Kaiser Permanente Northern California Educational Theatre’s new resiliency workshops aim to help high school students better cope with stress and adversity
When it comes to mental health, the middle and high school years can be tough on any teenager.
The National Institutes of Health reports 25 percent of 13- to 18-year-olds experience anxiety that negatively affects their day-to-day living, and more than 13 percent of 12- to 17-year-olds reported an episode of major depression during a one-year period in 2015.
For some students, the situation is made worse by the added trauma of violence, neglect, substance use, or homelessness. That’s why Kaiser Permanente Northern California Educational Theatre launched a series of four resilience workshops for high-schoolers, piloting them in nine high-needs communities since September.
“We made a decision to work deeply in carefully selected communities,” explained Regina Dwerlkotte, Kaiser Permanente Northern California Educational Theatre director. “Our workshops are designed to serve students who have experienced trauma by helping them to cope with stress, build life skills that support social and emotional wellness, and create a supportive community.”
Communicating Better, Reducing Stress
Each of the four sessions is led by a team of three Kaiser Permanente teaching artists known as the Resilient Squad. The sessions last between 60 and 90 minutes and include a variety of activities including role-playing to practice better communication with peers and parents, mindfulness exercises for relaxation and focus, and group discussions to share stress-reduction ideas and tools for wellness.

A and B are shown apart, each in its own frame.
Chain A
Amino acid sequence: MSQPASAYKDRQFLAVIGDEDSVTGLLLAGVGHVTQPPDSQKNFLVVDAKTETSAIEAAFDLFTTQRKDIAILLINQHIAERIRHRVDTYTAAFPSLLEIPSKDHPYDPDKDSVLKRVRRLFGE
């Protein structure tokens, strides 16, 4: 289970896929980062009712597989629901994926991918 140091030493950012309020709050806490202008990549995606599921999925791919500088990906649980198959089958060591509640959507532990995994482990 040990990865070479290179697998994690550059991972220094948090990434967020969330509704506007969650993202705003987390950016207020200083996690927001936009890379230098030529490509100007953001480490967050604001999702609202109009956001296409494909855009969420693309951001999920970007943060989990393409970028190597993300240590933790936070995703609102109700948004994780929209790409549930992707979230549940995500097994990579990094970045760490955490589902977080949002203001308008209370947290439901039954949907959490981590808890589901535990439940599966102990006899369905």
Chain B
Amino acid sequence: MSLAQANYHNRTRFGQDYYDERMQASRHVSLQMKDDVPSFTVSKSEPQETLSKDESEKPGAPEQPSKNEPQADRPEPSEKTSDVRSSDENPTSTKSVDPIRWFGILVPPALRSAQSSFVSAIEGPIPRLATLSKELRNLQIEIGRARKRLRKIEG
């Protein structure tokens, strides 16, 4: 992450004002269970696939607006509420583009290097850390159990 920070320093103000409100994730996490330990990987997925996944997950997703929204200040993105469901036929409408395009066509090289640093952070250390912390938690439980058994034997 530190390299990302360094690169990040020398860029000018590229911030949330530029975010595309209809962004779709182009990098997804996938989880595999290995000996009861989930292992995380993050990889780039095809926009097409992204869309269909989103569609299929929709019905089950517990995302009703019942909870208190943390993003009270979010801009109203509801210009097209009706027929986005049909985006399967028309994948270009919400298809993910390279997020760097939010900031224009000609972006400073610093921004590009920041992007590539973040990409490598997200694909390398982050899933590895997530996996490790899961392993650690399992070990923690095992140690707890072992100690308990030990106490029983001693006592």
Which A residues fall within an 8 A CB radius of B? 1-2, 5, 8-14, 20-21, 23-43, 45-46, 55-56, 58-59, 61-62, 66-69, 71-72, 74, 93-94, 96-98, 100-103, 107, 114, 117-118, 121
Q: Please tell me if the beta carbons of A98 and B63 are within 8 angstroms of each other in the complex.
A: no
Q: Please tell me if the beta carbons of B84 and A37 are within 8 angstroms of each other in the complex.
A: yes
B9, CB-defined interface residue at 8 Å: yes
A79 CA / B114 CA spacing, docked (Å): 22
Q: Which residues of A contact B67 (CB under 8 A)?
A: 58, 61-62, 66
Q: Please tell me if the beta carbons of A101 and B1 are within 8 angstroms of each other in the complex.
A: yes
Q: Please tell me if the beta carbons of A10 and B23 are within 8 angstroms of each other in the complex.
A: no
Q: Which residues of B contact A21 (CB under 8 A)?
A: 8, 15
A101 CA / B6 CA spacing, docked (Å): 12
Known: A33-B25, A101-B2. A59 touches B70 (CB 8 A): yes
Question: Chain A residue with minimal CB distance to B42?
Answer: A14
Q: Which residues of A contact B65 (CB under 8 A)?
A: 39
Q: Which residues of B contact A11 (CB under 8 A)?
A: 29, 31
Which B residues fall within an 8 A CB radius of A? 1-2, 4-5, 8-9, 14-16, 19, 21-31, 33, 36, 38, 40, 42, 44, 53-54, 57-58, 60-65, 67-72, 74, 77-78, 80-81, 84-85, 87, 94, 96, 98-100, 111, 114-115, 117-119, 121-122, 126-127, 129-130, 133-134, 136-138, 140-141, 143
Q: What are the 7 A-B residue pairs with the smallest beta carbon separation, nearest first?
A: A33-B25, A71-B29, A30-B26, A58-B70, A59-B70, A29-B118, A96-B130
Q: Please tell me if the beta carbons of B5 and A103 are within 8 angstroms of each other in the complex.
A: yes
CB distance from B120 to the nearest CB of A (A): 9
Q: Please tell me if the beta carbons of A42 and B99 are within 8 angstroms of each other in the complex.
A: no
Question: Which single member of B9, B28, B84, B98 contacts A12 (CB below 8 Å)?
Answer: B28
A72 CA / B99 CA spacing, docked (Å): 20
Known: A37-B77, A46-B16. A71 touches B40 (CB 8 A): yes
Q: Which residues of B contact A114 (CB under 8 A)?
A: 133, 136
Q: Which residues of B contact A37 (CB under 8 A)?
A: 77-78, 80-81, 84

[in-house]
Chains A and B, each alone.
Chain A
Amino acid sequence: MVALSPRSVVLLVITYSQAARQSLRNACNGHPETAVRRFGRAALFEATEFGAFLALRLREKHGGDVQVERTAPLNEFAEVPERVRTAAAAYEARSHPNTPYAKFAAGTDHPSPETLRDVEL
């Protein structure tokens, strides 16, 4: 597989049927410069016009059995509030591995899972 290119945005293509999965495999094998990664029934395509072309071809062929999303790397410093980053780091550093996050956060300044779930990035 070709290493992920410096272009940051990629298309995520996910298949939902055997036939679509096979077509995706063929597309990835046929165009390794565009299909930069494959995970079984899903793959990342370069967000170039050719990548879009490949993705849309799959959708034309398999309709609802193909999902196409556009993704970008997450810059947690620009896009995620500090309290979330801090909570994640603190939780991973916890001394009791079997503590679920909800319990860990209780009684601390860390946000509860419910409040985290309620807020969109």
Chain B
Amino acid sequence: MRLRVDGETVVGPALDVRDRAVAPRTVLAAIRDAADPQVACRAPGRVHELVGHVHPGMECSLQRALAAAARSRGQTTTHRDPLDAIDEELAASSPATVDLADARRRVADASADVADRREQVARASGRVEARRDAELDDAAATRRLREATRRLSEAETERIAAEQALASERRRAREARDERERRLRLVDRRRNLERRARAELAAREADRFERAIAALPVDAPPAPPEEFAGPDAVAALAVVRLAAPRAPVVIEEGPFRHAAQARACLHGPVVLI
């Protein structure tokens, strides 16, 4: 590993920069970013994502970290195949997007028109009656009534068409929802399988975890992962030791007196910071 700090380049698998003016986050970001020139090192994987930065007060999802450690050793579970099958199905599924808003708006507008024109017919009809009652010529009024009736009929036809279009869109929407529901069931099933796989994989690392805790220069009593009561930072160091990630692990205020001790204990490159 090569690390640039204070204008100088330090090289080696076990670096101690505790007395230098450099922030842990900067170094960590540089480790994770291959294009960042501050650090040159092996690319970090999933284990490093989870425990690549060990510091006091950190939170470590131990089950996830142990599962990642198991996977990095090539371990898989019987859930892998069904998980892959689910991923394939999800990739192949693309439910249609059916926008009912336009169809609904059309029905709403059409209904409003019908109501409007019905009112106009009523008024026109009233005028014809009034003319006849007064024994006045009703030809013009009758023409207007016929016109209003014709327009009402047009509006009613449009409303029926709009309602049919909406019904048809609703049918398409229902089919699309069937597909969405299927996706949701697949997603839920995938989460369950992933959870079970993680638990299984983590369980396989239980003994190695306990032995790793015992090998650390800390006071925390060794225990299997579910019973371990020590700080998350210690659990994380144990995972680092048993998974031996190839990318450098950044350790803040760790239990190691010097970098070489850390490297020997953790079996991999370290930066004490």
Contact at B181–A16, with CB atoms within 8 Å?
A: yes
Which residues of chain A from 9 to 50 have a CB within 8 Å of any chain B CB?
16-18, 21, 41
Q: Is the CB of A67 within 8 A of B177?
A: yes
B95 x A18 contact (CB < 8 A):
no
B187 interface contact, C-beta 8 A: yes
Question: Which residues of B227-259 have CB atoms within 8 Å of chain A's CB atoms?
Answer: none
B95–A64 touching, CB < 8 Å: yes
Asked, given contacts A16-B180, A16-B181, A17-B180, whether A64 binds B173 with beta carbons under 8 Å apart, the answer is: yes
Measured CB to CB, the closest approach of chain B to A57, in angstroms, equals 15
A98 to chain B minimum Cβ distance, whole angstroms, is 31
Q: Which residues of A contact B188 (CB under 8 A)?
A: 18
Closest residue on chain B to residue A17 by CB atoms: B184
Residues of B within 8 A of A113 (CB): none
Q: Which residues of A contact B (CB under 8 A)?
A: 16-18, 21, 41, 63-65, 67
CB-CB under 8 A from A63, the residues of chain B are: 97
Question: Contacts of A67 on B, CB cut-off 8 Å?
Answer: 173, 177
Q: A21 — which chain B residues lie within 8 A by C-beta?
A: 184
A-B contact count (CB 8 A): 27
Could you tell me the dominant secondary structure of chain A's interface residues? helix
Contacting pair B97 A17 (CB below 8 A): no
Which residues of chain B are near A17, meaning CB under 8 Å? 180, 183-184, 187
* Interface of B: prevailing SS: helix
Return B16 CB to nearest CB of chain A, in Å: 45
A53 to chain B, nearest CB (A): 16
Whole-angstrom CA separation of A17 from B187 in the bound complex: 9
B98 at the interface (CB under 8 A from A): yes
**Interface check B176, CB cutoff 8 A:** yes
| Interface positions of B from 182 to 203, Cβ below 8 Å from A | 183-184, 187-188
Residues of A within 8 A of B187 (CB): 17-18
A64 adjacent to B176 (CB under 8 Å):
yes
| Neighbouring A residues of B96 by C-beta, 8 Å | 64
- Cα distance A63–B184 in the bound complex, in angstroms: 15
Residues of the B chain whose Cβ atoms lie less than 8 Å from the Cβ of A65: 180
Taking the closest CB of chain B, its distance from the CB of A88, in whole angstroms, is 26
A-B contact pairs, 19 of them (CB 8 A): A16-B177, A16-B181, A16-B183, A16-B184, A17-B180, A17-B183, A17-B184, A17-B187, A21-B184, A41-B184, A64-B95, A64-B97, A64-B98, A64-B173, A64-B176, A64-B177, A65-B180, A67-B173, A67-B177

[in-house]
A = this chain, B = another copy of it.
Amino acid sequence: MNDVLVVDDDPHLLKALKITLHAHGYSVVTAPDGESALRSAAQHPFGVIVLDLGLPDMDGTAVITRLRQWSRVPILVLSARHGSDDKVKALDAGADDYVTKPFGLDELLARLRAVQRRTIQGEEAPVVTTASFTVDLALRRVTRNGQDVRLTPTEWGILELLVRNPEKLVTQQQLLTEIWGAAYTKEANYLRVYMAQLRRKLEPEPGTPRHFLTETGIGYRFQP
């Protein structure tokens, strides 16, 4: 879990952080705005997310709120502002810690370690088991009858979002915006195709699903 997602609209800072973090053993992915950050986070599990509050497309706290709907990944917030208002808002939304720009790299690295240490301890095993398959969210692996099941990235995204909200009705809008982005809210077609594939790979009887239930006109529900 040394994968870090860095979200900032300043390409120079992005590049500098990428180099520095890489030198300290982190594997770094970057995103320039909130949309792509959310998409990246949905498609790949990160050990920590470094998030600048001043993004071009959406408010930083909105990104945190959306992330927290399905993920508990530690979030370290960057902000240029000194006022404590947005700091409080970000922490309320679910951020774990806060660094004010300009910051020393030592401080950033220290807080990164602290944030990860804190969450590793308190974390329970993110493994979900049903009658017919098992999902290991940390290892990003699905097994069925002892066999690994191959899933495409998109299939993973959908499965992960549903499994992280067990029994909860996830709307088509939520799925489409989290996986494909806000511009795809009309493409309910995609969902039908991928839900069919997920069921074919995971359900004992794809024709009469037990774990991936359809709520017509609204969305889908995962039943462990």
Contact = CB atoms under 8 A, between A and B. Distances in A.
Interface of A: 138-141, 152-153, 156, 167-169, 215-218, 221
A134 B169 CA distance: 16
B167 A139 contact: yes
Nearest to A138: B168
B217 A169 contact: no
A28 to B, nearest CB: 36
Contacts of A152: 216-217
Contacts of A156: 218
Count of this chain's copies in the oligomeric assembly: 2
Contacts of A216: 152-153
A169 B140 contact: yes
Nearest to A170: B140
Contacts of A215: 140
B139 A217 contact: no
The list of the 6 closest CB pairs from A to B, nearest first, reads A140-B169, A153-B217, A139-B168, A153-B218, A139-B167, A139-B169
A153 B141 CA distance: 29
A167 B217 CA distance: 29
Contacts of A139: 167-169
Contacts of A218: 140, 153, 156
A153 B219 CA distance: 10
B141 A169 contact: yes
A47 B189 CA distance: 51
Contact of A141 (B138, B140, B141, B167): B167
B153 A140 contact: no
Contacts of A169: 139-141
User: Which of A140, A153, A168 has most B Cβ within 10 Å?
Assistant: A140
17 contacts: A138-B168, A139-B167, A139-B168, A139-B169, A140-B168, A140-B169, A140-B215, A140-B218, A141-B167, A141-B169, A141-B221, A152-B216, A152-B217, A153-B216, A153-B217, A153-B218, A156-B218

The teaching artists also help students identify one or more trusted adults who they can turn to when they’re feeling particularly high levels of stress — a factor that can make the difference between a teen successfully coping with adversity, or not.
‘Tools of Positivity’
Last month, Educational Theatre brought the workshops to Sylvester Greenwood Academy, a school in Richmond for students who are at risk of not graduating high school. Kaiser Permanente also funds and partially staffs a school-based health clinic there.
Many of the 30 students seated in a circle for the final workshop had their cell phones out. Instead of asking that they put them away, teaching artist Johnathan Williams encouraged everyone else to take their phones out, too.
“I want you to find two photos on your phone,” Williams said. “The first should be of something that you love, and the second — something that inspires you.”
Williams listened carefully as students described photos of people they love, some recently deceased, and hobbies that inspire them. He then encouraged everyone to use their photos and their phones as “tools of positivity.”
“Fill it up with love, and inspiration, and motivation,” he said. “If that’s the first thing you see in the morning, then the start of your day should be cool.”
Getting Through Day-to-Day Struggles
The photo exercise is one example of how the workshops meet students where they’re at to offer them tools they can use in their daily lives.
During the exercise, 16-year-old Khadijah Robertson chose a photo of her two brothers; her younger brother almost died at birth.
“My mom had him early, and they gave him a 30 percent chance of survival,” she said. “Looking at a picture of him just makes me want to try harder every day.”
Robertson added that she feels the workshops could help teenagers “get through day-to-day struggles.”
Student and teacher evaluations of the program echo Robertson’s experience. Teachers reported that the workshops promoted courage and critical thinking.
Educational Theatre Program Coordinator Brendan Simon said students reported experiencing closer school friendships and learning important life skills.
“They’re realizing that they’re not alone,” he said. “And that they have tools and resources that can help them handle the high levels of stress in their lives.”
Authored by Dolores Radding, senior communications consultant, Kaiser Permanente Northern Region